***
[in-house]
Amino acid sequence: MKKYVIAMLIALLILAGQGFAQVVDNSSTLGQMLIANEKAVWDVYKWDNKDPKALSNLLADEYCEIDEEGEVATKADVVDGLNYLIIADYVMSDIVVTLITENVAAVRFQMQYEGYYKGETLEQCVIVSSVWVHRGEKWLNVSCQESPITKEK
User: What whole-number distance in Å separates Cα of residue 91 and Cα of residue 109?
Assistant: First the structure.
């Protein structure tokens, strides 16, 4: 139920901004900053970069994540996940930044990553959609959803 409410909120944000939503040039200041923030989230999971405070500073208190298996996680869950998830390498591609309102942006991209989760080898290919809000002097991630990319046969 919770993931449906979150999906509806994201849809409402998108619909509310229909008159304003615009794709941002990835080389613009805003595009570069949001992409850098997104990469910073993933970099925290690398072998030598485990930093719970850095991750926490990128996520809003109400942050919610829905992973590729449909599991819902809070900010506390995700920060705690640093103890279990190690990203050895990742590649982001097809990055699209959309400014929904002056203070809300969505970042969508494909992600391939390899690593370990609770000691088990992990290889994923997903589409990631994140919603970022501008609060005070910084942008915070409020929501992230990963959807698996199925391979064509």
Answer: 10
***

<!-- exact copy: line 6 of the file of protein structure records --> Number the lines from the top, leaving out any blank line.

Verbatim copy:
Answer: 10